clock menu more-arrow no yes mobile

Filed under:

odds n sods

sifting through some numbers coming out of the off day ----

  • for all their struggles with the stick, the cardinals have been consistent in one regard --- they nearly always score at least 3 runs. in their first 52 games they’ve scored 2 runs or fewer only 8 times, which is the 2nd lowest figure in the league; the cubs have only 7 low-output games. why is this important? because big-league teams this year have a .123 winning percentage when scoring 2 runs or fewer; once you get to 3 runs, you start to have a reasonable chance to win the game. the breakdown is:

    0 runs .000
    1 runs .079
    2 runs .209
    3 runs .360
    4 runs .490
    5 runs .667
    6 runs .775

    it so happens that the cardinals are woefully bad when scoring 3 runs; they’re only 2-10 in those games, mainly because the bullpen’s failures (by sheer coincidence) have often occurred in games when the offense provided 3 runs. but when scoring at least 4 runs, the cardinals are 27-3.

  • a while ago i noted that the cards have an inordinately high batting average on groundballs; they have since regressed toward the mean, although they remain well above average in this category. through their first 31 games they were hitting .276 on grounders, nearly 50 points above the league average; since then (21 games) they’ve hit .246 on grounders. they’re now at .263 for the season, which is still the highest figure in the league and 32 points above the norm --- still probably not sustainable. i’d expect them to end up no higher than .250 when all is said and done.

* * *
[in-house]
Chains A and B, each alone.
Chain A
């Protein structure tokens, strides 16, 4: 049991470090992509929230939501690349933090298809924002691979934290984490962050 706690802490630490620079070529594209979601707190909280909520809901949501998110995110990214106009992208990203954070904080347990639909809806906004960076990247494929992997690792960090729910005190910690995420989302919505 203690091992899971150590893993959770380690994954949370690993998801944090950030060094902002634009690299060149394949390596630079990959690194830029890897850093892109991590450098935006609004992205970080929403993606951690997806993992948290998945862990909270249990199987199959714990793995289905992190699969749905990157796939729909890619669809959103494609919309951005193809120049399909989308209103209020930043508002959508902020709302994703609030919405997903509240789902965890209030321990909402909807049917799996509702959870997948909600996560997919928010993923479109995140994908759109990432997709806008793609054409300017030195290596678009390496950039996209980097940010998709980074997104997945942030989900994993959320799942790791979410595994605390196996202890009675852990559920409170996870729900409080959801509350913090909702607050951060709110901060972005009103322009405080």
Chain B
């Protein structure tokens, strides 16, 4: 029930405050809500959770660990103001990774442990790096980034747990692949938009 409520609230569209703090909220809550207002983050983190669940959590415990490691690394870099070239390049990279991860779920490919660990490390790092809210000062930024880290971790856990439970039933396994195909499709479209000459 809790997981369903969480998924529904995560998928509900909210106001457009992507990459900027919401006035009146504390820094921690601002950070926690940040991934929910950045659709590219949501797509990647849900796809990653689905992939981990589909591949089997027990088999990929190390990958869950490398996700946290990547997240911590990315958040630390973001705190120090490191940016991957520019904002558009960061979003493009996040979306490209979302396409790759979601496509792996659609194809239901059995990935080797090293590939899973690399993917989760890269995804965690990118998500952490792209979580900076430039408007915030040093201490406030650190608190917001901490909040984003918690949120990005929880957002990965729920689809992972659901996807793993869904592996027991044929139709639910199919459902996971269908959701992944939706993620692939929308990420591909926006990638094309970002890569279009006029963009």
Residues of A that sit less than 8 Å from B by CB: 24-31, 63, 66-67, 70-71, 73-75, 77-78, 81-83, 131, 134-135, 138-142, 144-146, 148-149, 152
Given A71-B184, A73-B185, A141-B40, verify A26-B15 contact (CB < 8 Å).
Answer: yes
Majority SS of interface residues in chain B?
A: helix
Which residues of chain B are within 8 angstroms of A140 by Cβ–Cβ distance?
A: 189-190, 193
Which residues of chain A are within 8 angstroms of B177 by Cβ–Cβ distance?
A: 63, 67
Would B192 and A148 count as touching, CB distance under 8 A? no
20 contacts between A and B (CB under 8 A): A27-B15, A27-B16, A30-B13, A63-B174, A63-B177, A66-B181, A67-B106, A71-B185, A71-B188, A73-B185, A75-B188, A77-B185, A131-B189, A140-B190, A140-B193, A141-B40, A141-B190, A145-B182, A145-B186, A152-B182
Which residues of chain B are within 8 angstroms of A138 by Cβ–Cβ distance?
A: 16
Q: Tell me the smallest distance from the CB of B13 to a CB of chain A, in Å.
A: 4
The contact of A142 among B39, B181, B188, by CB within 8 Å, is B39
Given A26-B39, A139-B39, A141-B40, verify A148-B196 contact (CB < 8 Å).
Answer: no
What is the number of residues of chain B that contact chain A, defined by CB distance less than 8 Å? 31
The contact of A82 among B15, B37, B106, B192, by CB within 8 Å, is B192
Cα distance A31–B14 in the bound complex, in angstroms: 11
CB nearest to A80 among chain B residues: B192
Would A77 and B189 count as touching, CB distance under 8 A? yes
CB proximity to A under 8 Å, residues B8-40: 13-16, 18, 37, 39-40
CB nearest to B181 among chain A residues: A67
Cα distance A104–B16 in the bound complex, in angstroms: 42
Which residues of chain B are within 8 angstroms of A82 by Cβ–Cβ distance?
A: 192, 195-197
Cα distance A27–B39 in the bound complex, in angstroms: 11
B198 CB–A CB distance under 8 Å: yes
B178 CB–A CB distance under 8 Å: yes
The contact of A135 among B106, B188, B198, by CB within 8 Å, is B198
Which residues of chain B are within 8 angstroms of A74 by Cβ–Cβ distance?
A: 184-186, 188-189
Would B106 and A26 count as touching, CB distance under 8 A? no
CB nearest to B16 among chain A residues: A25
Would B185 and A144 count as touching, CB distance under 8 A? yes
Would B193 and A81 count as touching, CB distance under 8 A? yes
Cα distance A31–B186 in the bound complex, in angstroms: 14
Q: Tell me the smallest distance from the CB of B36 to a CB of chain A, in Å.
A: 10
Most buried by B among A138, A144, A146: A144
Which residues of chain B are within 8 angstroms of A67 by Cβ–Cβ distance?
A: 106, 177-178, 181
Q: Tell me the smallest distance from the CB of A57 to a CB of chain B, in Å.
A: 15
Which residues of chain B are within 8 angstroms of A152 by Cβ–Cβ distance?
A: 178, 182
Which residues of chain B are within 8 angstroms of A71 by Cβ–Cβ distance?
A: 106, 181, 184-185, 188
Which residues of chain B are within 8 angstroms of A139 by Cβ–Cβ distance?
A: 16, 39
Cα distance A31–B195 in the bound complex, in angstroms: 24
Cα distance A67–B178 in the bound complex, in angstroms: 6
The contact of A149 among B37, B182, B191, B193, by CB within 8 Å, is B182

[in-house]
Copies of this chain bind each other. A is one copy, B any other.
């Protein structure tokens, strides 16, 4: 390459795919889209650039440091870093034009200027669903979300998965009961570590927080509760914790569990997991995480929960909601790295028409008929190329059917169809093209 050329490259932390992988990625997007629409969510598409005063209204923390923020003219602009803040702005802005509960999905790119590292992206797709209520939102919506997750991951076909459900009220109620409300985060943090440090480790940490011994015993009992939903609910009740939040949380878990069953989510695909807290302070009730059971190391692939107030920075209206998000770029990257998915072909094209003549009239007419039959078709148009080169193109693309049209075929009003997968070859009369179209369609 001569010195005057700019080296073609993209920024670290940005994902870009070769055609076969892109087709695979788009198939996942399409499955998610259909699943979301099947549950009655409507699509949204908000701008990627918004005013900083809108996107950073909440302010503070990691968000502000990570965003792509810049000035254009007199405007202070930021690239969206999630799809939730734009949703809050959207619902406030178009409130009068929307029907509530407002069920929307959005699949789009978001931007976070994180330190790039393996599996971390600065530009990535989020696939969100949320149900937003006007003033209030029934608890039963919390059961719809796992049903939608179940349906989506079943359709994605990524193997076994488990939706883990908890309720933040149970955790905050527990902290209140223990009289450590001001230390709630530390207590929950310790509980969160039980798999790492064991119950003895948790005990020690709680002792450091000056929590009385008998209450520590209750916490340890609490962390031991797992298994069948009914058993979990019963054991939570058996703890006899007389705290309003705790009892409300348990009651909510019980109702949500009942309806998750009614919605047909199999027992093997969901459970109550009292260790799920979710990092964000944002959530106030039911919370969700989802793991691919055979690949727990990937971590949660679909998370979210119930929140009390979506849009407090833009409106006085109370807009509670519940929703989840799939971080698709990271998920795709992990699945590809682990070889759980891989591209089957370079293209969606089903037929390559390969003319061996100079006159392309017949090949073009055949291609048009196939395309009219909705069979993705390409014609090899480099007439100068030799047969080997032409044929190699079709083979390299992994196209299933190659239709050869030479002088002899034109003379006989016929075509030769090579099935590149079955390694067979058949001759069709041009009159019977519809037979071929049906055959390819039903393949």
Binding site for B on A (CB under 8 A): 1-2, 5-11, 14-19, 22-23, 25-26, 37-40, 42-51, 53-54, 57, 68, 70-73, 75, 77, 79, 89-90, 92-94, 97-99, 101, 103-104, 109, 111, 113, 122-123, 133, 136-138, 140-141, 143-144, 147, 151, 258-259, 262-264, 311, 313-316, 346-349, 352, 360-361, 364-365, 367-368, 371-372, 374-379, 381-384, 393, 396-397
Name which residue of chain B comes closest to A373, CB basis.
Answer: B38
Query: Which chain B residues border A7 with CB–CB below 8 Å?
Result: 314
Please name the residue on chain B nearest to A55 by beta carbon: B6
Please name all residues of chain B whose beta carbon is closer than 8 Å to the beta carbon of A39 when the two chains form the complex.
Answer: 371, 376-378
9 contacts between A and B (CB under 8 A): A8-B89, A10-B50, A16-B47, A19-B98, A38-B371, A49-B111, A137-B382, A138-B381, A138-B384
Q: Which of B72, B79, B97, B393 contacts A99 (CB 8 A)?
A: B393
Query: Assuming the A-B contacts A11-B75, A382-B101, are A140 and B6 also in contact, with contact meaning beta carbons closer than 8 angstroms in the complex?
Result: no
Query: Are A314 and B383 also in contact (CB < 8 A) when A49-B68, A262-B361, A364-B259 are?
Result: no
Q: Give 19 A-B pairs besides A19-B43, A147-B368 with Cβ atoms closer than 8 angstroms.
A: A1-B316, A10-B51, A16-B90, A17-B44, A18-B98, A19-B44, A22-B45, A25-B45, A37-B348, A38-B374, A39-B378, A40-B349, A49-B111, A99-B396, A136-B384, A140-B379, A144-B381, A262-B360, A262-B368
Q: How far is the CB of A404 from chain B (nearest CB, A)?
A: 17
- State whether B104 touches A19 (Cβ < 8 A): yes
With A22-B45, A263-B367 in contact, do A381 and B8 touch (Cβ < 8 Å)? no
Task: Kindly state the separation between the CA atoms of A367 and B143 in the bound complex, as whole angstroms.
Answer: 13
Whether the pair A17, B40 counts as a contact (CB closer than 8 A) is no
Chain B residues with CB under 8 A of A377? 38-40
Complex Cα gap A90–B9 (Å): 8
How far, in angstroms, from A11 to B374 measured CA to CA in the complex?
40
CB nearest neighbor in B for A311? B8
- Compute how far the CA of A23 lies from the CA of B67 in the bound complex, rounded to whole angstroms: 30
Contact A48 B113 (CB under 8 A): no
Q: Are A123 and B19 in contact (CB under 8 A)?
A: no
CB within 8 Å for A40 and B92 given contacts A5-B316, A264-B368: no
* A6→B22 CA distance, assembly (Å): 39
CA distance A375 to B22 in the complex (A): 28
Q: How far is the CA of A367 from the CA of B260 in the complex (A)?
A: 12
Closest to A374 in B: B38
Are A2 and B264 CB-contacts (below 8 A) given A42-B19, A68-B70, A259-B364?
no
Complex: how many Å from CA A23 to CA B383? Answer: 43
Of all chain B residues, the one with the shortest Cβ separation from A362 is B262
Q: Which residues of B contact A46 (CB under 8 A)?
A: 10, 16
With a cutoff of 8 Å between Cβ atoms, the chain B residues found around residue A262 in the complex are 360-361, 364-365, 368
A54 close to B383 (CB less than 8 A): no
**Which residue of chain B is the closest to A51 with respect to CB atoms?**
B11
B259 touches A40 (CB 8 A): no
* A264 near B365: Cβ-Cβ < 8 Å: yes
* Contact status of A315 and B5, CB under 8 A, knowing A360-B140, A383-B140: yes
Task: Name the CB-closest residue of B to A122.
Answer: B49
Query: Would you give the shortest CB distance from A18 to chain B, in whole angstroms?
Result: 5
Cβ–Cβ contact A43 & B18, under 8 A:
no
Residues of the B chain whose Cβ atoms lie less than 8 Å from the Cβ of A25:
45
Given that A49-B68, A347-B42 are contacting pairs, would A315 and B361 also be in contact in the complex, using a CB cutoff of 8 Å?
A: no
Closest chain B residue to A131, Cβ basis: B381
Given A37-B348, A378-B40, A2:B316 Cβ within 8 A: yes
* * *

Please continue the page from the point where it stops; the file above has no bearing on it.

• also due for a comedown in this category, btw: the cubs. they’re 2nd in the league in avg on grounders, 3 points behind the cardinals at .260.
  • as long as we’re parsing batted balls, the cardinals and cubs also rank 1-2 in the national league in line drives. st. louis is averaging just over 6 line drives a game, nearly one a game above the norm. that probably is sustainable --- last season the cardinals ranked 2d in the league in line drives, hitting 5.75 a game; in 2006 they ranked 1st and hit with 5.83 ld/g. i’d imagine albert pujols accounts for the bulk of the cardinals’ prowess in this regard . . . . .
  • st. louis is the only national league without a bunt hit this year.
  • can anybody make sense of this table for me:

    R/G avg obp slg
    2008 cards home 4.44 .286 .374 .420
    2008 cards away 4.76 .270 .356 .402

    they’re hitting significantly better at home, yet scoring significantly fewer runs; any guesses? it’s gotta be an RISP/LOB problem. they have identical totals of doubles (47) and homers (22) home and away, and they draw more walks at home. . . .

  • Baseball Prospectus has started running its playoff odds report; the cards are currently given a 27 percent shot at winning the division (the cubs are at 52 percent) and a 15 percent shot at winning the wild card. their overall playoff odds of 42 percent are 4th best in the nl, behind arizona, chicago, and atlanta.
  • last week the guys at the WSJ’s Daily Fix posted the first in-season update to the baseball contest. my picks are already looking ragged. i picked the tigers and (on a lark) reds to win the wild cards, and they’re both in last place; i guessed that grady sizemore would break out and win the al mvp, and he’s hitting .254; i picked felix hernandez for the al cy young award, and he’s 2-5; i picked daric barton to win the al rookie of the year award, and he’s hitting .211 with no power. i pretty much suck at the baseball contest. . . .
  • also, if you haven’t checked out the red baron’s stuff over at RFT’s The Rundown, you ought to start doing so. he’s posting there pretty much daily.
  • i hadn’t noticed this, but the memphis redbirds are in first place in the pcl north division . . . .